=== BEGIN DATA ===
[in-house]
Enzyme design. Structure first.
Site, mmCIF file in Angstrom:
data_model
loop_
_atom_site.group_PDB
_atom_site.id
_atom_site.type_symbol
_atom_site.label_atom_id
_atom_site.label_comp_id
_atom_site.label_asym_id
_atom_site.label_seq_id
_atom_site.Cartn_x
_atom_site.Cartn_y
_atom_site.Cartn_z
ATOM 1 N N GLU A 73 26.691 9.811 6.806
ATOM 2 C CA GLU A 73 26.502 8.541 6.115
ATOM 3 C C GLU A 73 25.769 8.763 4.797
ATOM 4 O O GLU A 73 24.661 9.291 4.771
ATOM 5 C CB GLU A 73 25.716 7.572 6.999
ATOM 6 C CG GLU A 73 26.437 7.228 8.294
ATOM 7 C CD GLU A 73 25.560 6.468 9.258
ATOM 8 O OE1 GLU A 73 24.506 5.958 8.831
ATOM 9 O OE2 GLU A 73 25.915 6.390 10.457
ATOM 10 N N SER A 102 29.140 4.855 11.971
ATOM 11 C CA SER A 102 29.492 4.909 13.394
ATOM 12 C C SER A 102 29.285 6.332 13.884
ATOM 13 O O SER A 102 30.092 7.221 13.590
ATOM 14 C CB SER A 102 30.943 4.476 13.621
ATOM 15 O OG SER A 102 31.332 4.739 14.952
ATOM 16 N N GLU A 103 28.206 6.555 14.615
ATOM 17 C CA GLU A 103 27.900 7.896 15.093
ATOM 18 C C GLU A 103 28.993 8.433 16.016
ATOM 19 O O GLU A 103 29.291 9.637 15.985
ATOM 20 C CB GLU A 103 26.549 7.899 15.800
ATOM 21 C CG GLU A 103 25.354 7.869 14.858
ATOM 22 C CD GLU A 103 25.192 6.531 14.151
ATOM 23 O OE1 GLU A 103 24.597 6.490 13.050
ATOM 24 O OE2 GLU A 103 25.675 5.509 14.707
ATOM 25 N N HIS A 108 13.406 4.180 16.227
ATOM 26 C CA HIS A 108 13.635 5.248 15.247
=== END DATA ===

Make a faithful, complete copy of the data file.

[in-house]
Enzyme design. Structure first.
Site, mmCIF file in Angstrom:
data_model
loop_
_atom_site.group_PDB
_atom_site.id
_atom_site.type_symbol
_atom_site.label_atom_id
_atom_site.label_comp_id
_atom_site.label_asym_id
_atom_site.label_seq_id
_atom_site.Cartn_x
_atom_site.Cartn_y
_atom_site.Cartn_z
ATOM 1 N N GLU A 73 26.691 9.811 6.806
ATOM 2 C CA GLU A 73 26.502 8.541 6.115
ATOM 3 C C GLU A 73 25.769 8.763 4.797
ATOM 4 O O GLU A 73 24.661 9.291 4.771
ATOM 5 C CB GLU A 73 25.716 7.572 6.999
ATOM 6 C CG GLU A 73 26.437 7.228 8.294
ATOM 7 C CD GLU A 73 25.560 6.468 9.258
ATOM 8 O OE1 GLU A 73 24.506 5.958 8.831
ATOM 9 O OE2 GLU A 73 25.915 6.390 10.457
ATOM 10 N N SER A 102 29.140 4.855 11.971
ATOM 11 C CA SER A 102 29.492 4.909 13.394
ATOM 12 C C SER A 102 29.285 6.332 13.884
ATOM 13 O O SER A 102 30.092 7.221 13.590
ATOM 14 C CB SER A 102 30.943 4.476 13.621
ATOM 15 O OG SER A 102 31.332 4.739 14.952
ATOM 16 N N GLU A 103 28.206 6.555 14.615
ATOM 17 C CA GLU A 103 27.900 7.896 15.093
ATOM 18 C C GLU A 103 28.993 8.433 16.016
ATOM 19 O O GLU A 103 29.291 9.637 15.985
ATOM 20 C CB GLU A 103 26.549 7.899 15.800
ATOM 21 C CG GLU A 103 25.354 7.869 14.858
ATOM 22 C CD GLU A 103 25.192 6.531 14.151
ATOM 23 O OE1 GLU A 103 24.597 6.490 13.050
ATOM 24 O OE2 GLU A 103 25.675 5.509 14.707
ATOM 25 N N HIS A 108 13.406 4.180 16.227
ATOM 26 C CA HIS A 108 13.635 5.248 15.247